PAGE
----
Planets

Blog about planets.

Valleys on Mars eroded by rainfall (Image courtesy Elsevier)

An article published in the journal “Icarus” describes a research on rainfall on the young planet Mars. Geologists Robert Craddock of Smithsonian Institution and Ralph Lorenz of Johns Hopkins University Applied Physics Laboratory showed how the changes in the Martian atmosphere caused an increase in rainfall, which had effects on the surface of the planet similar to those we see on Earth.

2007 OR10 and its moon (Image NASA, ESA, C. Kiss (Konkoly Observatory), and J. Stansberry (STScI))

An article published in “The Astrophysical Journal Letters” describes the discovery of a moon of the 2007 OR10 transnettunian object. It’s most likely a dwarf planet which is still little known because right now it’s distant from the Sun about 87 times the Earth. A team of astronomers led by Csaba Kiss of the Konkoly Observatory in Budapest analyzed images of the Hubble Space Telescope’s archive finding two images of 2007 OR10’s moon.

A panorama of the area accessing Perseverance Valley (Image NASA/JPL-Caltech)

NASA’s Mars Rover Opportunity has begun its scientific work in yet another Mars area to be explored during a mission that has been going on for over 13 Earth’s years. This mission was extended for the tenth time in 2016 and now its goal is to study “Perseverance Valley”, an ancient valley on the inner slope of the Endeavor crater’s rim to figure out how it formed.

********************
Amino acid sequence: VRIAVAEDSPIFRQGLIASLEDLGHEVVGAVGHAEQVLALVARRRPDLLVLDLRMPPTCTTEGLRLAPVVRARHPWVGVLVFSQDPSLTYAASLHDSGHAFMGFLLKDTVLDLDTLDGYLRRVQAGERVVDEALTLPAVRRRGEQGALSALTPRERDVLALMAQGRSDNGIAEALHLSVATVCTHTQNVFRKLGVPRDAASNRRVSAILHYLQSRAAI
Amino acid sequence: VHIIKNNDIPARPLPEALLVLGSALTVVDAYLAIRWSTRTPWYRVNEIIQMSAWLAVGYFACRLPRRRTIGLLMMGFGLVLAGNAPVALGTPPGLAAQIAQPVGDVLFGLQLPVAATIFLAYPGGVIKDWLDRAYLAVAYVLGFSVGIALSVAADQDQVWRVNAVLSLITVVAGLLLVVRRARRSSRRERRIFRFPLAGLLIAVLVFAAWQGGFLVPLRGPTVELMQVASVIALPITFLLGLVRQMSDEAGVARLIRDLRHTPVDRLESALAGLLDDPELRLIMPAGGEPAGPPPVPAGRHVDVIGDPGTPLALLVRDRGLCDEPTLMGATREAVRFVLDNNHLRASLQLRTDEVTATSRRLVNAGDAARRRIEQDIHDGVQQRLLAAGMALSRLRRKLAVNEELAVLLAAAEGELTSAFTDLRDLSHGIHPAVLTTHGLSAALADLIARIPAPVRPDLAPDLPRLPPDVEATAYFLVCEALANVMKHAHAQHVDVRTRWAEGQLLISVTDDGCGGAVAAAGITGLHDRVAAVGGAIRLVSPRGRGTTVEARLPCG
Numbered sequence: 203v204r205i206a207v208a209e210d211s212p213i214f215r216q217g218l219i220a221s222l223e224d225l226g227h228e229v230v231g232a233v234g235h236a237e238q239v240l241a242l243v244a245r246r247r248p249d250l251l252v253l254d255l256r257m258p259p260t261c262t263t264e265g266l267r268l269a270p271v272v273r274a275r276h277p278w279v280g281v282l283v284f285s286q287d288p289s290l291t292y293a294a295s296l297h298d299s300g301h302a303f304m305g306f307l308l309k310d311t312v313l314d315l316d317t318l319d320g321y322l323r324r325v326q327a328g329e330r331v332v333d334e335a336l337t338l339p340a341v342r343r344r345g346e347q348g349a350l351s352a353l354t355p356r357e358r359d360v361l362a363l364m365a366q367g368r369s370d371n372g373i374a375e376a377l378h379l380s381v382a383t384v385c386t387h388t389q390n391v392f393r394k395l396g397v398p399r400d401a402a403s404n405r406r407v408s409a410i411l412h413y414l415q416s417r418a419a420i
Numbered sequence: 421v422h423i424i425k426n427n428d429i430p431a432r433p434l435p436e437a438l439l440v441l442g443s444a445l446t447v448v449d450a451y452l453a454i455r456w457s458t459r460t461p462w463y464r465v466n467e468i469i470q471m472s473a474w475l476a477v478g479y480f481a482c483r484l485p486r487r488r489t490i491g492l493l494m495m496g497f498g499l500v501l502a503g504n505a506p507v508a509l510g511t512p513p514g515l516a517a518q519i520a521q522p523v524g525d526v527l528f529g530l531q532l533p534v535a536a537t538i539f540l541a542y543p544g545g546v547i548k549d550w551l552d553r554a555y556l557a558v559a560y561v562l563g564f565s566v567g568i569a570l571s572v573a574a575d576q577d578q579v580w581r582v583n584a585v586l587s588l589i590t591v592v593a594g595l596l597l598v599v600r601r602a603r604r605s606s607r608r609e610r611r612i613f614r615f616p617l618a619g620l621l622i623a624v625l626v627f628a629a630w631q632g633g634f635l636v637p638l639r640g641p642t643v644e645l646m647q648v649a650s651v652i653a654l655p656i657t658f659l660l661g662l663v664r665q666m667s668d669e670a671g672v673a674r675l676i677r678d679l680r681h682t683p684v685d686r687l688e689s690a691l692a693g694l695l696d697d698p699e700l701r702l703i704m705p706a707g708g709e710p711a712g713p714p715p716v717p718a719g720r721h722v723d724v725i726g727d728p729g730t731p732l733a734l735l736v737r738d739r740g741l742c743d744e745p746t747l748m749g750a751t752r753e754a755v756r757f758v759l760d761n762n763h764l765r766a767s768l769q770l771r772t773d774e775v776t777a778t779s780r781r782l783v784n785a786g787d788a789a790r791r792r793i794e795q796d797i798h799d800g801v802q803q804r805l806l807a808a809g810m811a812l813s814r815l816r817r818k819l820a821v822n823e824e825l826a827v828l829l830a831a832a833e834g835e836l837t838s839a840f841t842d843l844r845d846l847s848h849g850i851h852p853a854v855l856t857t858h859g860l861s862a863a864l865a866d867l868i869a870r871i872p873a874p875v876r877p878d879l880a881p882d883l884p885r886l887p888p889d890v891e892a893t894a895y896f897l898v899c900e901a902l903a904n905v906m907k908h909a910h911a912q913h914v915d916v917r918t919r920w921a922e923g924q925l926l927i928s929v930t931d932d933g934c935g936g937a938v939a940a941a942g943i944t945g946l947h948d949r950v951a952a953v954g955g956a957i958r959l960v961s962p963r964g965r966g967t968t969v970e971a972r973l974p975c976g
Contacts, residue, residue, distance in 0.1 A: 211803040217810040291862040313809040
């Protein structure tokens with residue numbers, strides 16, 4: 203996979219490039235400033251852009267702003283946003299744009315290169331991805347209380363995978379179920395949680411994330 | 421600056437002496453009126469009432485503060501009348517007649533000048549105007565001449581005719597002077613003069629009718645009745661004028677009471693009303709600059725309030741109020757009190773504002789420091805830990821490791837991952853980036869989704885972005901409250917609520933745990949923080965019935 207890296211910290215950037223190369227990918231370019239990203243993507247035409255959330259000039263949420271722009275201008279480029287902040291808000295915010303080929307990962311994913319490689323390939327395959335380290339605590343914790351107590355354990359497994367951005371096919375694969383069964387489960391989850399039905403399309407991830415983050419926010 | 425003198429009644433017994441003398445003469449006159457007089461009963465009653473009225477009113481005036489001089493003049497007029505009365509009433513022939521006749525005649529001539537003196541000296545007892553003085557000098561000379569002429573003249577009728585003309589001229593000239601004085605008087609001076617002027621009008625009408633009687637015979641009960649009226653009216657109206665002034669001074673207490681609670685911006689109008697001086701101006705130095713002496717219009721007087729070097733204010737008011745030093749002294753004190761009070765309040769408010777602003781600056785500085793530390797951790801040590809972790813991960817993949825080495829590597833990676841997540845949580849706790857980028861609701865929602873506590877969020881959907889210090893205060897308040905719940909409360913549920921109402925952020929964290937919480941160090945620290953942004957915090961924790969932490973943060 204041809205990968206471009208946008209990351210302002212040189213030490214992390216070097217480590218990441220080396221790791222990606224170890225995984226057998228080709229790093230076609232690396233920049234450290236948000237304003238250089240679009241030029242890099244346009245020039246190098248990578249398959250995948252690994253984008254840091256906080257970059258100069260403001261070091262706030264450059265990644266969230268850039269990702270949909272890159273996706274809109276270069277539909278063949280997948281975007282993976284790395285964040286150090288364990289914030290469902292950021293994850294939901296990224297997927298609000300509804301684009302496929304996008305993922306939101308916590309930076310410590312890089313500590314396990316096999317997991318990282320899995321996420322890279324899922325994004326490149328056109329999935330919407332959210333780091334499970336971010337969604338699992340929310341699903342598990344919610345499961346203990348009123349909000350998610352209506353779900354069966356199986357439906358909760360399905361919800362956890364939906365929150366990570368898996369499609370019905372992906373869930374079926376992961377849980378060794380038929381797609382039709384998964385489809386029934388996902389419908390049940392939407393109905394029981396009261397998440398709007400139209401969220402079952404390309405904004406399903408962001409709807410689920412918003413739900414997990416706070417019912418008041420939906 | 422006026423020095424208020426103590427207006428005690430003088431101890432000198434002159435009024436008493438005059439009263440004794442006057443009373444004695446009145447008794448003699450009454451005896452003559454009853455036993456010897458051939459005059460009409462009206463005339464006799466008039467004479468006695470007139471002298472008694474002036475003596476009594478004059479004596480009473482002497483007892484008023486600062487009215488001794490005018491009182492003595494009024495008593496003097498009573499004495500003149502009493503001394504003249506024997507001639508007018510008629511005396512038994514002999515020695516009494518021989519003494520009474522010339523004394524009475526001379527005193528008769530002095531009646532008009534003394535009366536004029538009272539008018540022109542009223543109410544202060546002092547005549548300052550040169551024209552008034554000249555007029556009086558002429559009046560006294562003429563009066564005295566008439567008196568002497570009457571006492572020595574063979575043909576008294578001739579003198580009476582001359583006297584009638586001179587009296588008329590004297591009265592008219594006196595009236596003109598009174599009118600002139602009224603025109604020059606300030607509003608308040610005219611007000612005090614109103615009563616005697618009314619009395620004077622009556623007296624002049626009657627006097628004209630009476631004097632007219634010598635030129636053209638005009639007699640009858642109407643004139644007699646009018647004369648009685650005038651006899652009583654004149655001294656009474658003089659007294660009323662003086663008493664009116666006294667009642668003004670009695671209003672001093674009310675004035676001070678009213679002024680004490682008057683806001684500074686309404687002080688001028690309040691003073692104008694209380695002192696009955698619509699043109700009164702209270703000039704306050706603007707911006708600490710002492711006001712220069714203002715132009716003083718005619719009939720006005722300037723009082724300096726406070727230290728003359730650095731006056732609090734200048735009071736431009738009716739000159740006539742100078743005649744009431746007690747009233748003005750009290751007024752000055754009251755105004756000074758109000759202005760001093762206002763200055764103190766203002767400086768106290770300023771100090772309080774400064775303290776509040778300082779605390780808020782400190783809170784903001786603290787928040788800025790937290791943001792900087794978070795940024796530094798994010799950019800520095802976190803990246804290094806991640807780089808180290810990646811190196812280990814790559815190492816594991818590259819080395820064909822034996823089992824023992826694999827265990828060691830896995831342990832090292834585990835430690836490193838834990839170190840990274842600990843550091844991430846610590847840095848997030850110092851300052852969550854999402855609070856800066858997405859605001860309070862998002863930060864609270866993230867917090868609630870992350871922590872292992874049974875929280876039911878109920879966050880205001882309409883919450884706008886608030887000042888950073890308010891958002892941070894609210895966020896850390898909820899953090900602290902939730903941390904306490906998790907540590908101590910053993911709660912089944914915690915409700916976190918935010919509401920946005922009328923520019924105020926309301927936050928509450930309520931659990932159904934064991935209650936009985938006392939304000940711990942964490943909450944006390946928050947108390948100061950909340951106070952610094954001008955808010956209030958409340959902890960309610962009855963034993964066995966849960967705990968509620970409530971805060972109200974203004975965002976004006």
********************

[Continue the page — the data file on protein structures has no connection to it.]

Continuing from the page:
Artist's illustration of TRAPPIST-1 and its planets (Image NASA/JPL-Caltech)

An article published in the magazine “Astrophysical Journal Letters” describes a research on the orbits of the TRAPPIST-1 system’s planets. NASA’s announcement of the detection of 7 planets in that system of which at least three in the habitable zone raised enthusiasm but the data collected seemed to indicate an instability in those planets’ orbits. A team led by Dan Tamayo of the University of Toronto offers an explanation based on a series of orbital resonances that keep the system stable.

Artist's concept of HAT-P-26b observed by Hubble and Spitzer (Image NASA/GSFC)

An article published in the journal “Science” describes a research on the exoplanet HAT-P-26b, a warm Neptune, meaning a planet of size similar to Neptune that orbits near its star HAT-P-26. A team of researchers from NASA’s Goddard Space Flight Center and the British University of Exeter used the Hubble and Spitzer space telescopes to discover what is called a primitive atmosphere for HAT-P-26b despite its star being old.